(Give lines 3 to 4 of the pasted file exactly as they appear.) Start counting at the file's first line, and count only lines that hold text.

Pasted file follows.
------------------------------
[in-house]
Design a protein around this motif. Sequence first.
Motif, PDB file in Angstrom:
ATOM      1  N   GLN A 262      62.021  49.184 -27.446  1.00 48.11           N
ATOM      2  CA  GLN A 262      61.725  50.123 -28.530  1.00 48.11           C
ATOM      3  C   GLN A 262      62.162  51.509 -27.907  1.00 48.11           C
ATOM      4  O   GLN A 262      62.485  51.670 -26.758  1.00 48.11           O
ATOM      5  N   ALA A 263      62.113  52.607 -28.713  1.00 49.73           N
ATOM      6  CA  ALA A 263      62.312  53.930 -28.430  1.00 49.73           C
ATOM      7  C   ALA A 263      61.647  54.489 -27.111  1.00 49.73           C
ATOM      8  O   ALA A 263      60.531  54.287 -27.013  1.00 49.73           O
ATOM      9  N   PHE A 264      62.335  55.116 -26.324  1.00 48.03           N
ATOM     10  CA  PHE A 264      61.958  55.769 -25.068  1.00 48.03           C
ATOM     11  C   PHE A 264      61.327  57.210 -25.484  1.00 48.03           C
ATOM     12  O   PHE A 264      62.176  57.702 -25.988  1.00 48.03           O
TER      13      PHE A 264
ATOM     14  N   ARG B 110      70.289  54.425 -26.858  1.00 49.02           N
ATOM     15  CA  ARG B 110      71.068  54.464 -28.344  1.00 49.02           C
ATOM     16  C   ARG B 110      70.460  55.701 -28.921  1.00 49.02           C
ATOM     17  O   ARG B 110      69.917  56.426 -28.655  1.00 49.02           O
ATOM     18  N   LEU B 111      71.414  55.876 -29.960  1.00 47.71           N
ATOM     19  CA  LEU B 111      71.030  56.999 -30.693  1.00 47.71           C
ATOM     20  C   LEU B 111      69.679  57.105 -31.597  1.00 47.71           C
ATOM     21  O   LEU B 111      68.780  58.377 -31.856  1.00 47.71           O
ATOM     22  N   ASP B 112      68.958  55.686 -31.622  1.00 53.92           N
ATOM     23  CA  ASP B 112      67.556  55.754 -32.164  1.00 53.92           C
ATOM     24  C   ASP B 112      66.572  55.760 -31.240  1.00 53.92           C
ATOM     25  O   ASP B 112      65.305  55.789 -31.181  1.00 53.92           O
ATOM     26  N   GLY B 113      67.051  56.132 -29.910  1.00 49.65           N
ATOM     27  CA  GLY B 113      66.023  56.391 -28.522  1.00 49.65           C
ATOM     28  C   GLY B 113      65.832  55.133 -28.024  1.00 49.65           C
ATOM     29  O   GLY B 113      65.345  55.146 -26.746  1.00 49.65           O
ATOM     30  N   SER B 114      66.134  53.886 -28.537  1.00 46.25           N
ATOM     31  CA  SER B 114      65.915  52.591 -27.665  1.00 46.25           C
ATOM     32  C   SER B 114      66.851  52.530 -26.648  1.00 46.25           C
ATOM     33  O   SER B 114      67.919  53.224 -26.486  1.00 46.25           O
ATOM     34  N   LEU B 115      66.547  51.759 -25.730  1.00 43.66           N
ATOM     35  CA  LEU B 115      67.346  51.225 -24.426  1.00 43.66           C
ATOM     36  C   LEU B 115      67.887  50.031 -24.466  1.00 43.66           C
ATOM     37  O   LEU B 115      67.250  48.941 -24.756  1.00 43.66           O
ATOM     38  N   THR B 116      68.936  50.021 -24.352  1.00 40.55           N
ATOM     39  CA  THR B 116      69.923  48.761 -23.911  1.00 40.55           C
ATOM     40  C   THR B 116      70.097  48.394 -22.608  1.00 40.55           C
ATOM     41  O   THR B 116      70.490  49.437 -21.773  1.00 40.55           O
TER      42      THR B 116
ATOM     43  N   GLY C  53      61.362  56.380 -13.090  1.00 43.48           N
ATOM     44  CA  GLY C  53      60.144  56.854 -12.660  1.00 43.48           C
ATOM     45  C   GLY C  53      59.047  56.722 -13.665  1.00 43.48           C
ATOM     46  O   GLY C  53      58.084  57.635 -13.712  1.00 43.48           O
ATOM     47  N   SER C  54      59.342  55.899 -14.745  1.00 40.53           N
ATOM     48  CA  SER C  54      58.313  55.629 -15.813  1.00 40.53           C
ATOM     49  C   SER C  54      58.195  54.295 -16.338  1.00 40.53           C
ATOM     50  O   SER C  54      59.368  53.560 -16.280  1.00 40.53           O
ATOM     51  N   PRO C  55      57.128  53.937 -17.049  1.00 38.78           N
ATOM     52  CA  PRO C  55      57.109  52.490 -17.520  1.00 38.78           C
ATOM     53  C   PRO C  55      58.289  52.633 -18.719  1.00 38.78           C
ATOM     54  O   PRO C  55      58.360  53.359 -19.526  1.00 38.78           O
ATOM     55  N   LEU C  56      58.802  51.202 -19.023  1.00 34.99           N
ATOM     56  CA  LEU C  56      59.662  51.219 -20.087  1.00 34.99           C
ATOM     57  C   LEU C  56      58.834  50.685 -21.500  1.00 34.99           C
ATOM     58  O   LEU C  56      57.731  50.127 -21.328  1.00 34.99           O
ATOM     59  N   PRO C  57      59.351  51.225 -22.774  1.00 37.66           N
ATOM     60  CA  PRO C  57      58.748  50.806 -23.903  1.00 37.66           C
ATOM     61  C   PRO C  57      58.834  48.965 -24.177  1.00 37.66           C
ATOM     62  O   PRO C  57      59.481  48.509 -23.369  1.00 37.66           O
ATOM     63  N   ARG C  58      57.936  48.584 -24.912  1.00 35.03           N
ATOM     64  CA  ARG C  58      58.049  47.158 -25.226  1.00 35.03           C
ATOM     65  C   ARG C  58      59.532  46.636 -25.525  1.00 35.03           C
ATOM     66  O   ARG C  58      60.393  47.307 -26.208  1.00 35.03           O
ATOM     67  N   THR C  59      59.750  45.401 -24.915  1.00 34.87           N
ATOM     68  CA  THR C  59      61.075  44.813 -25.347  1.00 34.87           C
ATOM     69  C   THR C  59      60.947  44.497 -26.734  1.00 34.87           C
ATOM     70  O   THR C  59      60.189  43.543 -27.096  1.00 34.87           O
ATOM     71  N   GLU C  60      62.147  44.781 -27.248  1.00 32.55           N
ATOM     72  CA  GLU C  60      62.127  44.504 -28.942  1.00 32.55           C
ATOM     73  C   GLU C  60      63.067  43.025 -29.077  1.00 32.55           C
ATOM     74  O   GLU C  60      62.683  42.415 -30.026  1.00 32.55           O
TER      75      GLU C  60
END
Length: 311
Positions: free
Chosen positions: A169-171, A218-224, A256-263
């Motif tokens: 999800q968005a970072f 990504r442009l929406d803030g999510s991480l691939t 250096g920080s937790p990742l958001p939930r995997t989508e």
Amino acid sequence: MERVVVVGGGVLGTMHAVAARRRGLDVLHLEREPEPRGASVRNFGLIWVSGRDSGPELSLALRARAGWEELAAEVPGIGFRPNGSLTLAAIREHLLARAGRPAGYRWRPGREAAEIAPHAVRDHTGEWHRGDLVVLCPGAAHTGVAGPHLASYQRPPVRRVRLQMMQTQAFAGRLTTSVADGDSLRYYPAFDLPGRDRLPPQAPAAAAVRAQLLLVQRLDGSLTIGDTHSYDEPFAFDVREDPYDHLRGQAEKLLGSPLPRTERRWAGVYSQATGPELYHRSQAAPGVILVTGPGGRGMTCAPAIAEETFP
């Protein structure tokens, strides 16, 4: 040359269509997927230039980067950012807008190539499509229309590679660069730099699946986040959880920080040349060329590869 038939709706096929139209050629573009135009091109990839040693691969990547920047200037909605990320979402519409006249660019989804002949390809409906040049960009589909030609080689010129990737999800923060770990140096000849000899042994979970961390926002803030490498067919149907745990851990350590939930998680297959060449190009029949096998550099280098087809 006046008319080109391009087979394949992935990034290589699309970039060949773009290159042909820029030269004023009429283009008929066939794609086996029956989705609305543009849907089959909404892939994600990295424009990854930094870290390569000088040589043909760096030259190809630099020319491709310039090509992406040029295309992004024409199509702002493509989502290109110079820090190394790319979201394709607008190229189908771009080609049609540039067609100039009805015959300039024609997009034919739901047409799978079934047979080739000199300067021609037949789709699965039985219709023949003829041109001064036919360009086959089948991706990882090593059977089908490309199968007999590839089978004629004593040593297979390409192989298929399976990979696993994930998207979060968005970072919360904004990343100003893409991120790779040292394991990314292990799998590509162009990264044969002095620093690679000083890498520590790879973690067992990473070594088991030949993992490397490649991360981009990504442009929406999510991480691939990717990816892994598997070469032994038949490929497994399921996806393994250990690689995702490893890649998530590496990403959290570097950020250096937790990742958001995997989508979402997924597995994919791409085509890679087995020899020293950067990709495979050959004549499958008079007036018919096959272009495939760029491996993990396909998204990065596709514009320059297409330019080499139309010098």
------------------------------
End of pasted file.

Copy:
Motif, PDB file in Angstrom:
ATOM      1  N   GLN A 262      62.021  49.184 -27.446  1.00 48.11           N